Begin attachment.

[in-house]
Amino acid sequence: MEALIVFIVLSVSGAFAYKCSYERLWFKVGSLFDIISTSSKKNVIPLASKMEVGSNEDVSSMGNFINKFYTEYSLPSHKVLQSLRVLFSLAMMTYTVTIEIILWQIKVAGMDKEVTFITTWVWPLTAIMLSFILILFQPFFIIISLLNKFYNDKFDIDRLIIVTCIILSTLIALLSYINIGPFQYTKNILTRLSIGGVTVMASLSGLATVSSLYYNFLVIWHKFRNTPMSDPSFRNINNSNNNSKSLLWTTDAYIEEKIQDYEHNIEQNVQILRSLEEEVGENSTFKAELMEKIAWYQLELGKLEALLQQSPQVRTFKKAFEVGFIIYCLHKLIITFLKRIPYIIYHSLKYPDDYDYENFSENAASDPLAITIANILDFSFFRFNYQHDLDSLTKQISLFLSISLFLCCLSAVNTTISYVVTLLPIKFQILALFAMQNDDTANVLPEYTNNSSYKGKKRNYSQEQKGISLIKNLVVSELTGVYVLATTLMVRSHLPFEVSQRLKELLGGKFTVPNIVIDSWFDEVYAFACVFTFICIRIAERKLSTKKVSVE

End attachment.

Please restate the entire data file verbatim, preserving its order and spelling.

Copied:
[in-house]
Amino acid sequence: MEALIVFIVLSVSGAFAYKCSYERLWFKVGSLFDIISTSSKKNVIPLASKMEVGSNEDVSSMGNFINKFYTEYSLPSHKVLQSLRVLFSLAMMTYTVTIEIILWQIKVAGMDKEVTFITTWVWPLTAIMLSFILILFQPFFIIISLLNKFYNDKFDIDRLIIVTCIILSTLIALLSYINIGPFQYTKNILTRLSIGGVTVMASLSGLATVSSLYYNFLVIWHKFRNTPMSDPSFRNINNSNNNSKSLLWTTDAYIEEKIQDYEHNIEQNVQILRSLEEEVGENSTFKAELMEKIAWYQLELGKLEALLQQSPQVRTFKKAFEVGFIIYCLHKLIITFLKRIPYIIYHSLKYPDDYDYENFSENAASDPLAITIANILDFSFFRFNYQHDLDSLTKQISLFLSISLFLCCLSAVNTTISYVVTLLPIKFQILALFAMQNDDTANVLPEYTNNSSYKGKKRNYSQEQKGISLIKNLVVSELTGVYVLATTLMVRSHLPFEVSQRLKELLGGKFTVPNIVIDSWFDEVYAFACVFTFICIRIAERKLSTKKVSVE